Despite the U.S. national soccer team’s elimination from the World Cup July 1, unfortunate American historical figures suddenly found their faces poorly Photoshopped into goalkeeper Tim Howard’s. Viral internet memes and one-liners touted “things Tim Howard could save” as the goalkeeper “won the internet.”
Howard saved 16 shots in the 2-1 loss to Belgium, more than any World Cup keeper since 1966. “It’s heartbreaking. I don’t think we could have given it any more,” a tearful Howard choked out after the loss.
Americans showed they appreciated the effort with unprecedented support, leading many to predict a bright future for U.S. soccer. More Americans bought tickets to Brazil than any other nation. And stateside for Belgium, 30,000 spectators crowded into Chicago’s Soldier Field alone, a crowd unheard of four years ago.
Naturally, the World Cup’s popularity had a number of factors, not the least of which was Brazil’s American-friendly time zone. On the pitch, a record 136 goals lit up a hotly contested group stage. That brought ESPN a 40-plus percent spike in ratings over 2010. But more long-term trends can spur optimism from American soccer leaders.
With many parents looking for safer sports than football, soccer may be set to take advantage. Capital Area Soccer League in Raleigh, N.C., saw a surge of girls as the U.S. women made the World Cup final in 2011 and won Olympic gold in 2012. That’s on par with national numbers, business development director Katharine Kelley told me. This year, most registrants are boys younger than 10 who are signing up for the first time.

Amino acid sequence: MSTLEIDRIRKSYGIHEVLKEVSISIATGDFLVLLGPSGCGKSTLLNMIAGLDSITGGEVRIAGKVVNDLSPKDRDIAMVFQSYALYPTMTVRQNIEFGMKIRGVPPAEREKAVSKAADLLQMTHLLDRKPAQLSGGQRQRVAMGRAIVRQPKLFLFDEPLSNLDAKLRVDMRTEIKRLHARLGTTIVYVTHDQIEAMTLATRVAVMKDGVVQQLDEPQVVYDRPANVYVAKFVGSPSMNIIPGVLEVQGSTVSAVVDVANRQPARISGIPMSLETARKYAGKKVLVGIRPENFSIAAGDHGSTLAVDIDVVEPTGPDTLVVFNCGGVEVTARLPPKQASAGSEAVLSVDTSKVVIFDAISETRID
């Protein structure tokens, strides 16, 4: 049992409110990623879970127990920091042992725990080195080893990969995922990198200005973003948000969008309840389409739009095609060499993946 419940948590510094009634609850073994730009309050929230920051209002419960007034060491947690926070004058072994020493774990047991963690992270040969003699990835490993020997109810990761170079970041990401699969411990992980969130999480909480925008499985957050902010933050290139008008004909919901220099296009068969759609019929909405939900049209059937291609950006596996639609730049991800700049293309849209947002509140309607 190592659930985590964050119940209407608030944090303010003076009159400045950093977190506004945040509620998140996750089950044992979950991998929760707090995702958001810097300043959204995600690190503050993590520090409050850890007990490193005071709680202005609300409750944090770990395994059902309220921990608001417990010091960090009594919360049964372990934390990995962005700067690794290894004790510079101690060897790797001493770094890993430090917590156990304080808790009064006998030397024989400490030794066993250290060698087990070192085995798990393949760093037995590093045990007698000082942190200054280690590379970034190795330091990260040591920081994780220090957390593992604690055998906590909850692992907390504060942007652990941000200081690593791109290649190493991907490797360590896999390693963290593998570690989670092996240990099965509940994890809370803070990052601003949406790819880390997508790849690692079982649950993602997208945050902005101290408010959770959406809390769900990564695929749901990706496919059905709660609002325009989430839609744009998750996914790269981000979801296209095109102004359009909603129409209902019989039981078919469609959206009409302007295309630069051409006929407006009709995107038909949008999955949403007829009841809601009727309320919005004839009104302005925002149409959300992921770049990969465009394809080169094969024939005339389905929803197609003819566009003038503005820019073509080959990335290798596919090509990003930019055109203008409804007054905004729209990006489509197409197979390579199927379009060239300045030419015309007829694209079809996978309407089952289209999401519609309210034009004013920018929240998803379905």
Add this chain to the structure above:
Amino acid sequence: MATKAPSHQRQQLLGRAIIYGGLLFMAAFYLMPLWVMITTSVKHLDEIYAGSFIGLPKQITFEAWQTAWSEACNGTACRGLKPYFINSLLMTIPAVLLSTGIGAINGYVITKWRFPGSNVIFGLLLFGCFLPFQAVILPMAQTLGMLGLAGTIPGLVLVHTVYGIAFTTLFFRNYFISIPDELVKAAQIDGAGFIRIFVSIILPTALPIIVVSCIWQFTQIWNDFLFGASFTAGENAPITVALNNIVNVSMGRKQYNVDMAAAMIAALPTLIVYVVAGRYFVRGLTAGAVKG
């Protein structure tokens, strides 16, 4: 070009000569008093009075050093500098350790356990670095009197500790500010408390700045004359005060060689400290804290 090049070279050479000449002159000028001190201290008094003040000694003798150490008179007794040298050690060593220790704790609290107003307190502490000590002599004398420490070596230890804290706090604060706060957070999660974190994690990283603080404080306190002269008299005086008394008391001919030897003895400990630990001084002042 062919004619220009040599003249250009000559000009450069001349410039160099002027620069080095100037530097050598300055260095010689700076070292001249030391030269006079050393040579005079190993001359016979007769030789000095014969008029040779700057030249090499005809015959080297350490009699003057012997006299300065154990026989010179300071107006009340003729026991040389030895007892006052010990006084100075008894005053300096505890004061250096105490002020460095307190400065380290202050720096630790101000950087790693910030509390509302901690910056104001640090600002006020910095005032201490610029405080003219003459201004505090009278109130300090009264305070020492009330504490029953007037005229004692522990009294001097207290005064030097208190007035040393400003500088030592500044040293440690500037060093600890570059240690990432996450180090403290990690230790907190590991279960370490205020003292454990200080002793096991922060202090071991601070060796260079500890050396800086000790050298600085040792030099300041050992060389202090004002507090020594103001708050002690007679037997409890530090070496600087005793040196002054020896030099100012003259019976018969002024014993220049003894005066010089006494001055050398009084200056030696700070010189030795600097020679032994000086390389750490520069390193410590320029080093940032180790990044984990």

The emerging subculture has brought international investors, with Major League Soccer crowds up by more than 10 percent since 2010. Orlando’s 2015 expansion team and its Brazilian owner just landed Kaká, a former FIFA player of the year and one of the world’s biggest names. World power Manchester City, led by an Abu Dhabi royal, is overseeing the inception of Yankee Stadium’s New York City FC, also set for 2015. Britain’s David Beckham is fighting the city of Miami for his privately funded stadium plan.
But perhaps the biggest driver of interest has been social media. High-definition camera phones didn’t exist until after the 2010 World Cup. For Millennials—the majority of the often-painted or Captain America–clad fans at watch parties—that means more exposure to international traditions and viral videos after big European matches. It means more access to live games and a window into players’ lives off the field.
“You feel like you know Clint Dempsey, or that you know Tim Howard now because you saw him on Instagram or Facebook, and you’re retweeting him,” Kelley said. Both players shared publicly this World Cup cycle how they put faith in Christ in adversity. Dempsey overcame his sister’s death from a brain aneurysm, and Howard found peace with Tourette’s syndrome.
Howard’s tearful effort against Belgium brought international praise, not the least of which came on social media from Belgium’s own Vincent Kompany: “Two words. TIM HOWARD. #Respect.” U.S. coach Jürgen Klinsmann said the close-knit squad “made their country proud.” Millions saw a side of soccer they hadn’t seen, despite a familiar loss in the Round of 16.
Of course, not everyone was paying attention. Nearly two thirds of Americans didn’t care about the World Cup, an NBC poll said. The New York Times itself took two days to realize it had misspelled U.S. player DeAndre Yedlin as “Yellin.” Call it growing pains. But further exposure to soccer’s role models may change that sooner rather than later.